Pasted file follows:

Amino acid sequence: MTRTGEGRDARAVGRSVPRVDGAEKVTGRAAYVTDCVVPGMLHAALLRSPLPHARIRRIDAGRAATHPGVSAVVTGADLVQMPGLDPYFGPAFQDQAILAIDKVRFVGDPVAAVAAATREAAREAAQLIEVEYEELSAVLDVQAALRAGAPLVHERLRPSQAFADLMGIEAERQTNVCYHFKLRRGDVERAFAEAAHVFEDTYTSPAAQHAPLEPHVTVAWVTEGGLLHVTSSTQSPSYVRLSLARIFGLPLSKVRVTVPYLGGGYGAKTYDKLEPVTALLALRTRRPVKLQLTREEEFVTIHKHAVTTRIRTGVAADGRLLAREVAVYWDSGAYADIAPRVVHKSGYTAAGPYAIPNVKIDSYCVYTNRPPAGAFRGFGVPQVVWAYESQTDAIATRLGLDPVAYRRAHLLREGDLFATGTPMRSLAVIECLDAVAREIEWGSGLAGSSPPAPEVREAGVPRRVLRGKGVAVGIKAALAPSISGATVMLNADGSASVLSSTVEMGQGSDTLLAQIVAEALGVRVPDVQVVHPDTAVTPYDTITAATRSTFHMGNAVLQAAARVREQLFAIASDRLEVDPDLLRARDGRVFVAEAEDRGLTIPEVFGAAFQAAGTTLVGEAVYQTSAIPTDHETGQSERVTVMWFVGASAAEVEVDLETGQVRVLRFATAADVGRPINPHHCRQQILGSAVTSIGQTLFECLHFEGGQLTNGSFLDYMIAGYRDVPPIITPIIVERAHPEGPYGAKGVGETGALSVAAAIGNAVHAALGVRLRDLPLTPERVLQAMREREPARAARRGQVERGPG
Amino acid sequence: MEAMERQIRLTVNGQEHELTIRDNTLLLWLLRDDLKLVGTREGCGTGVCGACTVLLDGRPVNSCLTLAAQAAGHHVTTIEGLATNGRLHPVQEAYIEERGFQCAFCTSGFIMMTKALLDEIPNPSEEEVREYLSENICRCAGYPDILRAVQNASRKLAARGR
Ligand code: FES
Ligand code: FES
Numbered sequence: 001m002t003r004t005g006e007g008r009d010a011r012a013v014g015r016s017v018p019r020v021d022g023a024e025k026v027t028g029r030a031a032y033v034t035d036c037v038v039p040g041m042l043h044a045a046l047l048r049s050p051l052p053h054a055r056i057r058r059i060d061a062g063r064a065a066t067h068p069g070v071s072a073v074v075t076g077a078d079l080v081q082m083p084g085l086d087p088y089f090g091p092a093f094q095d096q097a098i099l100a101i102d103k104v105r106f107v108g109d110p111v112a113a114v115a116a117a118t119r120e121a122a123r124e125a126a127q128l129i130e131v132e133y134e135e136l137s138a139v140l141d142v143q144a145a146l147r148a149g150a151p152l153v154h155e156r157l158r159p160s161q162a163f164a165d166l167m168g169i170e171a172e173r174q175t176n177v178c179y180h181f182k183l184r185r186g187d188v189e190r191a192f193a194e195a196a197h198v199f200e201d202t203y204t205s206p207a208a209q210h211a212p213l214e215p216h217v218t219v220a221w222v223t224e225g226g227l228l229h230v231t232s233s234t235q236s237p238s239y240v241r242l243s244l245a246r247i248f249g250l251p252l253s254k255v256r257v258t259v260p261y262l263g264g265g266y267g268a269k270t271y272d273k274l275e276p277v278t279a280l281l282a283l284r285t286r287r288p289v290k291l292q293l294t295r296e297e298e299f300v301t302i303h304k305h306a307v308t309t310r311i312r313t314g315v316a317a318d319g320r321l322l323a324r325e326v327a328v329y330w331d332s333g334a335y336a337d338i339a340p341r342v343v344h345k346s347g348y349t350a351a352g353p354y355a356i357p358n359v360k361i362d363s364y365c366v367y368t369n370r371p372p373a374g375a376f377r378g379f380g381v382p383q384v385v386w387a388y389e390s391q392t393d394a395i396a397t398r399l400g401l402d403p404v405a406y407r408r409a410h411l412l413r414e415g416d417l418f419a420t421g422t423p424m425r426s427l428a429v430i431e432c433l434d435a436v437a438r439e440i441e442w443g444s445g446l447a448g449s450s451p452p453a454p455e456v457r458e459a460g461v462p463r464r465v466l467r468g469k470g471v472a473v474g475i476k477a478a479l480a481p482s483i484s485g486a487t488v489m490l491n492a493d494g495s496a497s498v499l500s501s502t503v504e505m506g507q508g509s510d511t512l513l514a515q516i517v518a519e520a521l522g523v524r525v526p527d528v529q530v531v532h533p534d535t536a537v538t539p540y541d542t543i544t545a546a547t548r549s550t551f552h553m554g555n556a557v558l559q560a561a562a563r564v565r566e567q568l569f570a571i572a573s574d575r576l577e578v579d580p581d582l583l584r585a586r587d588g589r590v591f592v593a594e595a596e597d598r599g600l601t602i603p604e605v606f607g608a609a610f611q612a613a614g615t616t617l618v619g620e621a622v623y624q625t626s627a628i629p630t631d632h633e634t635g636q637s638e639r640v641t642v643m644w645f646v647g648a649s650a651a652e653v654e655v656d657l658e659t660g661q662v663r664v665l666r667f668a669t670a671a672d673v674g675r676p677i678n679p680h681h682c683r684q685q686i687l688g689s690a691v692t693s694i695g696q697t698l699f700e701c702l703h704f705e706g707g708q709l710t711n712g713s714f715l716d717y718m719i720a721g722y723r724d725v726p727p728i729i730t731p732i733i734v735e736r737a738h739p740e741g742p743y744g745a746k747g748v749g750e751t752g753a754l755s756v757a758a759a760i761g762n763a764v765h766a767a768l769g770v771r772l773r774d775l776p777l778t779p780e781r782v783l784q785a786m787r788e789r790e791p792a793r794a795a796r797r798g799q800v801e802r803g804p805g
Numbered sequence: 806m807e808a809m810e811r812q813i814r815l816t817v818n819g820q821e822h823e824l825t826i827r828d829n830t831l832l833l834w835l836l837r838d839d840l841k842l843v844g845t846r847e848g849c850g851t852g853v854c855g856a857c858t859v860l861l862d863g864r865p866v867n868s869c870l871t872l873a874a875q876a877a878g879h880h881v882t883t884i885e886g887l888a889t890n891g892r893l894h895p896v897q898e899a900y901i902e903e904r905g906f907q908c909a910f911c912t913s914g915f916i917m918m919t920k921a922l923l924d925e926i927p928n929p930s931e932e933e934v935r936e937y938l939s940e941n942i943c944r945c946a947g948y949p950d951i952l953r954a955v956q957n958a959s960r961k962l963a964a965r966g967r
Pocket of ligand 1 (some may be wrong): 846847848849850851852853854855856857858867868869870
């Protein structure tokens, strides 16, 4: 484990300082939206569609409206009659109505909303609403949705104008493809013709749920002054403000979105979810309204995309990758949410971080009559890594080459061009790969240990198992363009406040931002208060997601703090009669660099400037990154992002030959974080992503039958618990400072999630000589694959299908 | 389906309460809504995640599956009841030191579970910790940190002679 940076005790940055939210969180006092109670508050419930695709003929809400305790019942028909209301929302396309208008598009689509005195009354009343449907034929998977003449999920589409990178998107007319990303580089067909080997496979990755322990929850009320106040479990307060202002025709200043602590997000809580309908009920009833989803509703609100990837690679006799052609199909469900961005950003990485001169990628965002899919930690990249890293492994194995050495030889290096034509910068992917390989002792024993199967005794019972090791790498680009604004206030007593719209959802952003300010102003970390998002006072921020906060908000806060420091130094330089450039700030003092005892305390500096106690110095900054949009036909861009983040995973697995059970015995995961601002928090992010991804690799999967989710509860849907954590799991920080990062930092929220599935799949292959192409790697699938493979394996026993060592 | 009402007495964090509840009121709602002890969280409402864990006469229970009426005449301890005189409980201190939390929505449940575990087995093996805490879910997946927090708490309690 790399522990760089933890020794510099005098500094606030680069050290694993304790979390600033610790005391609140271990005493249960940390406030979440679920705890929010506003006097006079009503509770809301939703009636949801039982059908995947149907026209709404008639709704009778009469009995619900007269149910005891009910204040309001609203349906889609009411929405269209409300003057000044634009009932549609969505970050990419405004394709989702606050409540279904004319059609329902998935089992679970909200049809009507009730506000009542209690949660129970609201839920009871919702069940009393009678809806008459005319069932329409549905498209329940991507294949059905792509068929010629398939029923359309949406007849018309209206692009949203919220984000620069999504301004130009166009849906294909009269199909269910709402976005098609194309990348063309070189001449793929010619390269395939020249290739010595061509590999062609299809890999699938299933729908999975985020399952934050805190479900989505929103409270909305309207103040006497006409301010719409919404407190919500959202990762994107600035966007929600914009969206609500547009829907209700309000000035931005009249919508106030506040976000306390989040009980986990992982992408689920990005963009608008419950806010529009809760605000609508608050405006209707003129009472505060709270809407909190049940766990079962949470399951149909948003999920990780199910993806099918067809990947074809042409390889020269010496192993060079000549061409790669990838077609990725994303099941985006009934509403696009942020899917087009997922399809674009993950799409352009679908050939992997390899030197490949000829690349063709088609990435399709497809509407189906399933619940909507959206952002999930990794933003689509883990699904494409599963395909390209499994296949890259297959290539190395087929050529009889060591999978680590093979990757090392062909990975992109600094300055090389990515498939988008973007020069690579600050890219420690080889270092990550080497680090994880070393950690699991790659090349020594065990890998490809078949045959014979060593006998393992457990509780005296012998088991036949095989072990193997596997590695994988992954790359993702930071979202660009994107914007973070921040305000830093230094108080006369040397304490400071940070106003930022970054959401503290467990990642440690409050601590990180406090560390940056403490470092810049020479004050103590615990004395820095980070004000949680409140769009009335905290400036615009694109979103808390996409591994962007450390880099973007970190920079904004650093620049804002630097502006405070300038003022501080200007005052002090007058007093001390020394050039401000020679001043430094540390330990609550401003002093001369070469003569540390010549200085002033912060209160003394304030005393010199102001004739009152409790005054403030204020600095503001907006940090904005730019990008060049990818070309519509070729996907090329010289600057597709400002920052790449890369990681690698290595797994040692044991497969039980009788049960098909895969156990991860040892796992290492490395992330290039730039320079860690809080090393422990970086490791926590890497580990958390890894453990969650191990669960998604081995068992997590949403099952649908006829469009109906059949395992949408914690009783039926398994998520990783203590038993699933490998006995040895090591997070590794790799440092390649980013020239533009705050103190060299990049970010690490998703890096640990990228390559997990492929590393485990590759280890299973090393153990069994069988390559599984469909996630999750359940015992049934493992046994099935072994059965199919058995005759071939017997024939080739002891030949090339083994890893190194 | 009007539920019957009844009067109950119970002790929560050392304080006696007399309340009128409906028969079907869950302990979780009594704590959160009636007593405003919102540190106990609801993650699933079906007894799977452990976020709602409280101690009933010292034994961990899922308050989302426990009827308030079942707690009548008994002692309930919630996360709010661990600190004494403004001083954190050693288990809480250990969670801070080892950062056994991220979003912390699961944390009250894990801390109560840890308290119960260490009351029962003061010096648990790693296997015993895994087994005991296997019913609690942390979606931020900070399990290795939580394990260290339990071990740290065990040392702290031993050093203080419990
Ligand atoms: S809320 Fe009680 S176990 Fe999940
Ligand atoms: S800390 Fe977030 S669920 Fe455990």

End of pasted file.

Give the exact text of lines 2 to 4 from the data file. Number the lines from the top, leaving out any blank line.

Amino acid sequence: MEAMERQIRLTVNGQEHELTIRDNTLLLWLLRDDLKLVGTREGCGTGVCGACTVLLDGRPVNSCLTLAAQAAGHHVTTIEGLATNGRLHPVQEAYIEERGFQCAFCTSGFIMMTKALLDEIPNPSEEEVREYLSENICRCAGYPDILRAVQNASRKLAARGR
Ligand code: FES
Ligand code: FES